The other statues of the monarchy didn’t fare as well. King George II sat on Stephen’s Green until a few sticks of ‘gelly’ removed him in 1937, likewise ‘King Billy’ met the same fate in 1946. In 1957 Lord Gough similarly was dispatched and George Howard, 7th Earl of Carlisle woke up the Deer as he was blown up in the Phoenix Park in 1958. The most famous of all demolition jobs was the removal of Admiral Nelson, who met his ‘waterloo’ at Trafalgar, then from his pillar in O’Connell St in ’66. ‘Up went Nelson in old Dublin’ went the great Dubliners song of the time, mind you when you see the Spire maybe we should have left him there!
Of course, Belfast is still full of relics of Empire although their time there might be coming to an end soon as well. Statues to Edward Harland and William Pirrie of Harland and Wolff that bastion of sectarianism from partition and before, just as iniquitous as racism! Victoria had another one built-in 1903 in Belfast which I presume is still there and in the modern era a statue was erected in 2013 for ‘Operation Banner’, the almost 40-year military campaign in the 6 counties by the British Army from ’69-’07, unlikely to be a cross-community endeavour? Of course, over the same 40 year period, statues and memorials have sprung up all over the 6 counties in republican areas. They represent the communities they came from much more than the Victoria or Nelson.
In the Republic of today, we have statues aplenty. Originally, a statue to Michael Collins and Arthur Griffith was erected at Leinster House but were removed in 1940. The difficulties with the Civil War still caused problems, although strangely at the back of Leinster House near Merrion Square is a statue of Prince Albert, Victoria’s husband, still in situ to the present day, admittedly covered by shrubs to avoid any embarrassment? Our most famous thoroughfare, O’Connell St was once called Sackville Street after the Duke of Dorset, Lord Sackville, the Lord Lieutenant at the time. Many name changes were made after the war of independence but many were left which was strange. In the ’70s erecting a statue to the man who read the Proclamation at the GPO, Padraig Pearse, was blocked in case it gave succour to the fledgeling Provisional IRA. Indeed, Conor Cruise O’Brien wanted to rewrite the school history books to say that the Rising was a peaceful rose revolution and build a statue to Mother Teresa instead.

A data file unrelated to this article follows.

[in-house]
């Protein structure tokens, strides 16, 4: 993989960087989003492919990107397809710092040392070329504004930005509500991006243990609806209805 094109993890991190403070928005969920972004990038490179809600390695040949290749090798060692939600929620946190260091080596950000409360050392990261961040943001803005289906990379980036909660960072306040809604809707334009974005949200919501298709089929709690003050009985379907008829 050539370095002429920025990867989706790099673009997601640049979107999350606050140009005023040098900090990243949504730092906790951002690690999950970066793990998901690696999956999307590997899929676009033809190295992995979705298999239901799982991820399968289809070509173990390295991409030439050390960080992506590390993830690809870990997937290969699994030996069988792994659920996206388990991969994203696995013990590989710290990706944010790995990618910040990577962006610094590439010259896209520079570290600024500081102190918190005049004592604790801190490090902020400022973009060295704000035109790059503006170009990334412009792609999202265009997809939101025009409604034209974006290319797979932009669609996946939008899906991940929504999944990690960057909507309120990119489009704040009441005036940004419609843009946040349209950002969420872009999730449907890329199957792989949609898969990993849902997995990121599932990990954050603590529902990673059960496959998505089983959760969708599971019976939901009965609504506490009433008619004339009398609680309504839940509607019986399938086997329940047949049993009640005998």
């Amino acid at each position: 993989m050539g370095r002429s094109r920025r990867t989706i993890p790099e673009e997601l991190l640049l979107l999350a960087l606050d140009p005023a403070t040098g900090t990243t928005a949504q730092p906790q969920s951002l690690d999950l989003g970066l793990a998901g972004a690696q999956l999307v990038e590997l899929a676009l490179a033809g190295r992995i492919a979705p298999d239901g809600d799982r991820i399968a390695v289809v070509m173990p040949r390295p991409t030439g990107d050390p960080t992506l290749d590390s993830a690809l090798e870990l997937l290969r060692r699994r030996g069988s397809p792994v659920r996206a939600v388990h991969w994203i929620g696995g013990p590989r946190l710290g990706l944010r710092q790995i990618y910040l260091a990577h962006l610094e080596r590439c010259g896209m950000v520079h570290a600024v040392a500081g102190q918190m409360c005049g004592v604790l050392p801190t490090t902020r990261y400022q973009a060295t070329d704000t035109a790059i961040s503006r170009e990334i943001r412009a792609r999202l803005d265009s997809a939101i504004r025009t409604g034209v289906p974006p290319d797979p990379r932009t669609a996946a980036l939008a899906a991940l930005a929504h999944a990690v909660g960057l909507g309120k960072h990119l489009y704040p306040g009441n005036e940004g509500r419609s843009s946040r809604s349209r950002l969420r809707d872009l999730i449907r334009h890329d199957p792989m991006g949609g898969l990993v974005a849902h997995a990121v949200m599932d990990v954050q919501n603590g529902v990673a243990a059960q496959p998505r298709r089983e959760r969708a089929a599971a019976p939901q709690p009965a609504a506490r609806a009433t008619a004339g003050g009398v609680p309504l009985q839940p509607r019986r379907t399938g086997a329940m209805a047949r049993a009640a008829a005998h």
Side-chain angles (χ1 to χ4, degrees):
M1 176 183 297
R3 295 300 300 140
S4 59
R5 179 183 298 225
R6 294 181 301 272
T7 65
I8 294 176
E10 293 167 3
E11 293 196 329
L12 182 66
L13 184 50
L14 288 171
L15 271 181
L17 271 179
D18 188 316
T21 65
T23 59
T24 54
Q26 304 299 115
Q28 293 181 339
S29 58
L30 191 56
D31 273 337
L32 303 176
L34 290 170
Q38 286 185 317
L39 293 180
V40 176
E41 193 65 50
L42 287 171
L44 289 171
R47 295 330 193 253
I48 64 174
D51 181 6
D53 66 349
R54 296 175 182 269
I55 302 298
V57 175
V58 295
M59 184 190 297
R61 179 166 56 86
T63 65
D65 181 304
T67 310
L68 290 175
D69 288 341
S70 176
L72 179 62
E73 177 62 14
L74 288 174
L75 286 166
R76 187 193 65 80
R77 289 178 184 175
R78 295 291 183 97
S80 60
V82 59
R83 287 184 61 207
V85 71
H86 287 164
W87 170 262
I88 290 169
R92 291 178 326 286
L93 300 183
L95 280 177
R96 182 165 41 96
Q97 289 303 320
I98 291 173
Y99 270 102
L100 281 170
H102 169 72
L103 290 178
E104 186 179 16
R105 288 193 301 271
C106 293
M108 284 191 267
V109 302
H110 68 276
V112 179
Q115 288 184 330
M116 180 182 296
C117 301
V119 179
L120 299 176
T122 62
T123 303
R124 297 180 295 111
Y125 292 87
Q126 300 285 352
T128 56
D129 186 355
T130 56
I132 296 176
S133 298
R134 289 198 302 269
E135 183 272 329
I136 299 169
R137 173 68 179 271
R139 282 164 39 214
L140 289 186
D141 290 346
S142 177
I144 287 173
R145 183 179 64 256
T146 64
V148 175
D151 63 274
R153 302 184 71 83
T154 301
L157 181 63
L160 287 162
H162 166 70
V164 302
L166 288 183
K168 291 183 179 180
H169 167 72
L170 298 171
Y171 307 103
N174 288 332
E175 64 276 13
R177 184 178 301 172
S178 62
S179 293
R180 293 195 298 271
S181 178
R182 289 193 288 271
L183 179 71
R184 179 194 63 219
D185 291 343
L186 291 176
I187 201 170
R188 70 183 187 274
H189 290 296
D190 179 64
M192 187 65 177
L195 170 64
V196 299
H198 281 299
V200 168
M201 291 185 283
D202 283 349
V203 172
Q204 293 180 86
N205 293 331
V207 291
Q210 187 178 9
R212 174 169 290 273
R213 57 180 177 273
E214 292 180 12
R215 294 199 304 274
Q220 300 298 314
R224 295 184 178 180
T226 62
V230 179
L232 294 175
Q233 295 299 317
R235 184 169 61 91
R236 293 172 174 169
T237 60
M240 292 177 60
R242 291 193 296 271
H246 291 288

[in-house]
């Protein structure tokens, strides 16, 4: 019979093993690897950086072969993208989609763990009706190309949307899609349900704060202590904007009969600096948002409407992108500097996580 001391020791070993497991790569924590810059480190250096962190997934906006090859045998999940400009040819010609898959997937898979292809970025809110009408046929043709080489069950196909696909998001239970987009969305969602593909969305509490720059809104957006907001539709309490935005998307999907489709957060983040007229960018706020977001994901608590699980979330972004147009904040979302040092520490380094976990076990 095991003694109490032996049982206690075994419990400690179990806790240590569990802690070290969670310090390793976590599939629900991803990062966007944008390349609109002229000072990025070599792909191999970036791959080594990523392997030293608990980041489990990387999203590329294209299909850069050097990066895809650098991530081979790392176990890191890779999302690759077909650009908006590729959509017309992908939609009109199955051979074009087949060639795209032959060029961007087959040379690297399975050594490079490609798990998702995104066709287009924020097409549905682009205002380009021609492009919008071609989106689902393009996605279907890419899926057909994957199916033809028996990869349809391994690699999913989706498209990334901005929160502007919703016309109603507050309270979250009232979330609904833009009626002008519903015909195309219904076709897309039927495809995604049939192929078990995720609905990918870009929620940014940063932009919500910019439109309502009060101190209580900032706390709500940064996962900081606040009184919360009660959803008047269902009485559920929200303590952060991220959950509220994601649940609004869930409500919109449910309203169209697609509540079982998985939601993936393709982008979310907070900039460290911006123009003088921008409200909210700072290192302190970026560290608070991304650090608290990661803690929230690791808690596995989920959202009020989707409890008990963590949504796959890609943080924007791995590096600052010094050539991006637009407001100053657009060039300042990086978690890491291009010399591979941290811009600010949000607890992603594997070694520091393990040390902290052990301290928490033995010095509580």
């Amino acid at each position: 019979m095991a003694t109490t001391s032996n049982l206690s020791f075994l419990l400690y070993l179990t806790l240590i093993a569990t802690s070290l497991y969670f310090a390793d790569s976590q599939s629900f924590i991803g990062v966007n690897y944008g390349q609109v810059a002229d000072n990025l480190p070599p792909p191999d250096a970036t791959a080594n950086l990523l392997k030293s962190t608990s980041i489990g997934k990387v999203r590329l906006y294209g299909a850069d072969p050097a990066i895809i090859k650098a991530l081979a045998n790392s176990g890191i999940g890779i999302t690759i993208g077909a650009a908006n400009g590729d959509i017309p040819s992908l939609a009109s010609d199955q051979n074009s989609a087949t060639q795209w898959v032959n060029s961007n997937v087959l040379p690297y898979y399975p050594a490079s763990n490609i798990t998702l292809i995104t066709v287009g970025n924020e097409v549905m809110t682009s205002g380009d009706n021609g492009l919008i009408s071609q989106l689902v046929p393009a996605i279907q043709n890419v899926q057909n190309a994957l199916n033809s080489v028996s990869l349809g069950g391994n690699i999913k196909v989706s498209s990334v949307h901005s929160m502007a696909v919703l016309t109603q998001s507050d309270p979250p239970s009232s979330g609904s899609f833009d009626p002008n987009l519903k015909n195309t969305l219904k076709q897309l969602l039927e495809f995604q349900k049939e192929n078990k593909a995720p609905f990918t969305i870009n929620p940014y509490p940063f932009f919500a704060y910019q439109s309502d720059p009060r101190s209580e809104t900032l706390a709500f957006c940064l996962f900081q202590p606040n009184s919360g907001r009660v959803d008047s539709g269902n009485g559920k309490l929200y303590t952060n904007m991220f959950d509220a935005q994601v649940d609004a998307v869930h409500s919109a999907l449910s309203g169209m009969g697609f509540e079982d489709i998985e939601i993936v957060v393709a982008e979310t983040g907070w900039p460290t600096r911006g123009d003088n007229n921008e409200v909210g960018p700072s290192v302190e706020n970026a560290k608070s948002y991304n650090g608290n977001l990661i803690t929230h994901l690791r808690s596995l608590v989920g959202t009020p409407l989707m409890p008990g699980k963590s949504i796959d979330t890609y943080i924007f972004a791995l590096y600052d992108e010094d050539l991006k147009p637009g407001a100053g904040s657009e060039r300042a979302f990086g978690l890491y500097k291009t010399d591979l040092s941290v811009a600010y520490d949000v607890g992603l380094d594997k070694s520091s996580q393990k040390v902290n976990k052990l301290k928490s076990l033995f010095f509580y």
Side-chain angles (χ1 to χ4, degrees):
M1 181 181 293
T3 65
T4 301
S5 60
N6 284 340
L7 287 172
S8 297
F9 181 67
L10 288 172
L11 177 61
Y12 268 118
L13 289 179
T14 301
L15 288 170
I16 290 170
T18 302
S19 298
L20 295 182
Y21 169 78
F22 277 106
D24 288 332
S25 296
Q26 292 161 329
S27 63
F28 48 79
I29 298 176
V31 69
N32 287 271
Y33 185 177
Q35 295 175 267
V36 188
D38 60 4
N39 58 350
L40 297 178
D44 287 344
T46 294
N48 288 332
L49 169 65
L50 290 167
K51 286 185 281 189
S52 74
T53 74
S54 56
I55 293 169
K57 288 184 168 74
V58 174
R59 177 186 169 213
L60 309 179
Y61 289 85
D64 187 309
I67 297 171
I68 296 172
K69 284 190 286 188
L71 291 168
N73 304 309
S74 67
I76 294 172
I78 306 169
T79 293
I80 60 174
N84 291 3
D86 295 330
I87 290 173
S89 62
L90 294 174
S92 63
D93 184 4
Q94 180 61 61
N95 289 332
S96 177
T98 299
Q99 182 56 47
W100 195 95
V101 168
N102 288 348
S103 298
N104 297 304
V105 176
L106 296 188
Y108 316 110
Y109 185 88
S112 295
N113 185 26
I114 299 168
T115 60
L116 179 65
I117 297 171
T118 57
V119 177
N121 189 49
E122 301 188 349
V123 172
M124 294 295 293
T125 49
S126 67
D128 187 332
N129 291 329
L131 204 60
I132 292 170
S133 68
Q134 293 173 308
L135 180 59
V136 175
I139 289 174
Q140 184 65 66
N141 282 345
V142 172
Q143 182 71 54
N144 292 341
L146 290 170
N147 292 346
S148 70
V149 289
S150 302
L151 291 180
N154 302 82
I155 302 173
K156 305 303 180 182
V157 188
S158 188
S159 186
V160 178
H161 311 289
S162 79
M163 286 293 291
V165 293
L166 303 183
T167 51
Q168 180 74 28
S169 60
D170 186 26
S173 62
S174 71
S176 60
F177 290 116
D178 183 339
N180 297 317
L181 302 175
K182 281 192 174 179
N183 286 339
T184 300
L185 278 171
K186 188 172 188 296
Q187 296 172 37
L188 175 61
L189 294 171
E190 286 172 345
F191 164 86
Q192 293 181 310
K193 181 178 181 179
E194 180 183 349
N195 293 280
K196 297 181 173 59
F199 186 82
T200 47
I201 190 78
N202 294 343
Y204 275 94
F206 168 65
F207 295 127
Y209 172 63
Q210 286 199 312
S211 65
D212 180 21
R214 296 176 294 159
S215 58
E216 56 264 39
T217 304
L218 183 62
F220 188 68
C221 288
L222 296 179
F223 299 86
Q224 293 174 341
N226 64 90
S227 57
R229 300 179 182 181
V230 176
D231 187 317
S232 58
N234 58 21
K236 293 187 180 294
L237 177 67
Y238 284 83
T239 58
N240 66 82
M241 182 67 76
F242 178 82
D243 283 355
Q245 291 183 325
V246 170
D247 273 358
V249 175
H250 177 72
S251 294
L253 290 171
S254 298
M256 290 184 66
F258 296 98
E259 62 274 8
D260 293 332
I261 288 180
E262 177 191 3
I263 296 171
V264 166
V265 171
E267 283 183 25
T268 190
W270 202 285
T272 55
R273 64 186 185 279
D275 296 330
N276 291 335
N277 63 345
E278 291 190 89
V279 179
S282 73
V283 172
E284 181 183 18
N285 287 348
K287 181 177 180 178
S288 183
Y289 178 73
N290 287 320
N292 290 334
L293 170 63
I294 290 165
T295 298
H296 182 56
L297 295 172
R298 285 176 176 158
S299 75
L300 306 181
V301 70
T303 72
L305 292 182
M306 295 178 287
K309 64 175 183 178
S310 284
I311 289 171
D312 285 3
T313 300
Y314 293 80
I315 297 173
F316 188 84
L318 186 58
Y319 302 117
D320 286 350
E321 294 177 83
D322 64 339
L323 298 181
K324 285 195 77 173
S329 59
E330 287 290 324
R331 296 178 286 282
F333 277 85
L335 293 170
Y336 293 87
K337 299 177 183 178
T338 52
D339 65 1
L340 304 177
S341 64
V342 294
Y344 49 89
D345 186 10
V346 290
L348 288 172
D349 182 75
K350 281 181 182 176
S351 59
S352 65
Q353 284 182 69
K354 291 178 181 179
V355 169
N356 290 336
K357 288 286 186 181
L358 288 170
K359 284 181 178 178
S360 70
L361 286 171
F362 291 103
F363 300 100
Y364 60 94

Today, we are an advanced European Republic and democracy. We have no time for monarchy except for the dough heads who eagerly watch Kate and Meghan get their Princessly leg over two ginger numpties to engage in a life of ‘drink, drugs, sex and debauchery’ at the Palace while never working a day in their lives amid fawning servility from a section of the population who are brain dead? Saying all that in a seriously facetious mode we are not above reproach ourselves. In the last 20 years Govt buildings, Schools, Universities, Hospitals, all have had to remove religious statues which were perceived not to embrace inclusivity in the 21st century.
Moving statues, World War statues, Confederate statues, Slave Trader statues, Revolutionary statues, Royal statues definitely kept the sculptors in work over the centuries. But, in 2021, we are being asked questions which some mightn’t like to hear the answers. In Galway, there are suggestions that the statue of Columbus be deposited in the Corrib. Other dodgy issues have been touched on, GB Shaw was a nazi apologist supporting Hitler and called for Churchill to invade Ireland during WW2. Likewise, WB Yeats who espoused the Blueshirt cause and supported Franco during the Spanish Civil War. Other great national heroes like Daniel O’Connell, Edmund Burke and John Mitchell supported slavery back in the day, yet all wished for national independence, emancipation and freedom from British rule. In Ringsend, at the moment there are calls for the statue of Sean Russell, the IRA Chief of Staff during the English bombing campaign in WW2, to be removed. Why? Because he sought help from the Germans, just the same as Roger Casement did in 1916.
Those calling for the statue’s ‘head’ are of course from a Blueshirt persuasion and had no problem supporting Franco at the same time. But, it shows the times we are living in. ‘Black lives matter’ but so does everyone else. The days of colonialism, imperialism, racism and sectarianism are long over and the last vestiges need to be removed from society. If it means a statue or two in the Liffey, then so be it.
To conclude, the statue of Oliver Cromwell is in situ for the moment outside Westminster, but like Churchill et al he might soon become the target for a swim in the Thames. During the Peace process Bertie Ahearn refused to sit in a room in Westminster unless a portrait of the ‘to Hell or Connaught’ General and slayer of Drogheda was removed, adding for good measure to Tony Blair, ‘take down the murdering bastard?’ But, ironically, Cromwell in his lifetime challenged Parliament and vowed to change society after which he found himself hung, drawn and quartered’. While in Ireland many of us would concur with the former Taoiseach’s opinions there is also a profound theory that Oliver Cromwell could be classed as the first ‘Republican’. We might need to watch who is first for the Liffey or the Thames.
*Paddy McMenamin is a graduate of NUIGalway. His debut book on a personal perspective on the conflict in Northern Ireland is scheduled for release in Spring 2021.
The views in this blog are those of the author and do not necessarily represent the views of the Publisher. We welcome a response to this blog.